World War II began in Danzig, with a bombardment of Polish positions at Westerplatte by the German battleship Schleswig-Holstein, and the landing of German infantry on the peninsula. Polish defenders at Westerplatte resisted for seven days before running out of ammunition. Meanwhile, after a fierce daylong fight, defenders of Polish Post office were shot dead and buried on the spot in the Danzig quarter of Zaspa. To celebrate surrender of Westerplatte, NSDAP organized a night parade on Sep 7th along Adolf-Hitlerstrasse that was inadvertently attacked by a Polish hydroplane taking off from Hel Peninsula. The city was officially annexed by Nazi Germany and incorporated into the Reichsgau Danzig-West Prussia.















Most of the Jewish community in Danzig were able to escape from the Nazis shortly before the outbreak of war. Nazi secret police had been observing Polish communities since 1936, compiling information which in 1939 served to prepare lists of Poles to be captured in Operation Tannenberg. On the first day of the war, approximately 1,500 ethnic Poles were arrested, some because of their participation in social and economic life, others because they were activists and members of various Polish organizations. On 2 September 1939, 150 of them were deported to the Stutthof concentration camp some 30 miles from Danzig, and murdered. Many Poles living in Danzig were deported to Stutthof or executed in the Piaśnica forest.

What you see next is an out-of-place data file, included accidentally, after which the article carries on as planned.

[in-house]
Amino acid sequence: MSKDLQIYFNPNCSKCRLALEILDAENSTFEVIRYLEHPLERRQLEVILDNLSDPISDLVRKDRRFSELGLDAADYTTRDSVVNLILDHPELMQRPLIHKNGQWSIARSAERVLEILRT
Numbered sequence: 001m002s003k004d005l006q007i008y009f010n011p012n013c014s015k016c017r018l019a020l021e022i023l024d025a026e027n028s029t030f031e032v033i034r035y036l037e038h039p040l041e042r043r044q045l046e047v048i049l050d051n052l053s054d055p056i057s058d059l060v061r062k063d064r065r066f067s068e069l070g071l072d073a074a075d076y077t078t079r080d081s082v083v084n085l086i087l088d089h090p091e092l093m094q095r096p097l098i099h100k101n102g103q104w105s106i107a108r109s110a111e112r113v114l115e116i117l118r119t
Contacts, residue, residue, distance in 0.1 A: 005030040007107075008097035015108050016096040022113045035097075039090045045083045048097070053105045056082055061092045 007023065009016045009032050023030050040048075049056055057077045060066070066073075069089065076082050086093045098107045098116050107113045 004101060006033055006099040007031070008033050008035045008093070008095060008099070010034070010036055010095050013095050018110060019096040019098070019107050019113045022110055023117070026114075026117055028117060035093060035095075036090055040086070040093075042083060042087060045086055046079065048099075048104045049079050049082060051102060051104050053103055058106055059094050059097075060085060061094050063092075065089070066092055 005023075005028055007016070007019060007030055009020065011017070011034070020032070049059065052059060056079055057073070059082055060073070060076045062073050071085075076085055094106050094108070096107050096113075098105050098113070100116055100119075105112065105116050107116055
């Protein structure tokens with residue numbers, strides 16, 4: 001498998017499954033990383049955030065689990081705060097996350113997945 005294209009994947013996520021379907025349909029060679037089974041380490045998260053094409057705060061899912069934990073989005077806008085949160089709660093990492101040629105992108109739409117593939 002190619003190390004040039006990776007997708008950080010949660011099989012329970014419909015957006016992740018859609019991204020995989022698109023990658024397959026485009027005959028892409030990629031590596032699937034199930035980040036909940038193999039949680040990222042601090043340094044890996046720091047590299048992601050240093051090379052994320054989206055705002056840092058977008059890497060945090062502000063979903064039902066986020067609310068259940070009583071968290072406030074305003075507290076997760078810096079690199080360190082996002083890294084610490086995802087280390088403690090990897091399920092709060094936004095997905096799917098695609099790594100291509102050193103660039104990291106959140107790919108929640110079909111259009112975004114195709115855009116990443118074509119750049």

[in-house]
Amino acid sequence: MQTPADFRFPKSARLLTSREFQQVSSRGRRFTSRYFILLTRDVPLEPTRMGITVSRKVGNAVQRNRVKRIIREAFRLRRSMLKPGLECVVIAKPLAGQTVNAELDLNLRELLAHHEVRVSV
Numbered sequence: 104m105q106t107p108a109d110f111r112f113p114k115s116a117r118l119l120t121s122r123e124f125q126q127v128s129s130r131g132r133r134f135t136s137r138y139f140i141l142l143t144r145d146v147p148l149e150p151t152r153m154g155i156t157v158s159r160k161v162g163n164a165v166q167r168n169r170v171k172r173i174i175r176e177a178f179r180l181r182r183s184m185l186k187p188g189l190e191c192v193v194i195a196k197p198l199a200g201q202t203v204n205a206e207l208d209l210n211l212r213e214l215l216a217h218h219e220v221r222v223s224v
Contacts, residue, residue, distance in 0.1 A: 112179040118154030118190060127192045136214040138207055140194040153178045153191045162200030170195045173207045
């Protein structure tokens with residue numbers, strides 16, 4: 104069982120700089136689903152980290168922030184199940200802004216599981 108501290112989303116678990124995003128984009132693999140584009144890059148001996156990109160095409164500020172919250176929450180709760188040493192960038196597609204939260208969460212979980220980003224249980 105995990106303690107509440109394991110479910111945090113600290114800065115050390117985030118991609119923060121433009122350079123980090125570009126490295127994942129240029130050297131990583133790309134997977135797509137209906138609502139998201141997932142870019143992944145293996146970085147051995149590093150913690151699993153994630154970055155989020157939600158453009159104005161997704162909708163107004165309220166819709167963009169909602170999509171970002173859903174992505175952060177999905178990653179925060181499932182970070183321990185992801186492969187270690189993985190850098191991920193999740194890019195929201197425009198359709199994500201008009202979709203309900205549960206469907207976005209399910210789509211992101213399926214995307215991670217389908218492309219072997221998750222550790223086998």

In 1941, the Nazi Regime ordered the invasion of the Soviet Union, eventually causing the fortunes of war to turn against it. As the Soviet Army advanced in 1944, German populations in Central and Eastern Europe took flight, resulting in the beginning of a great population shift. After the final Soviet offensive began in January, 1945, hundreds of thousands of German refugees, many of whom had fled to Danzig on foot from East Prussia (see evacuation of East Prussia), tried to escape through the city's port in a large-scale evacuation involving hundreds of German cargo and passenger ships. Some of the ships were sunk by the Soviets, including the Wilhelm Gustloff after an evacuation was attempted at neighboring Gdynia. In the process, tens of thousands of refugees were killed.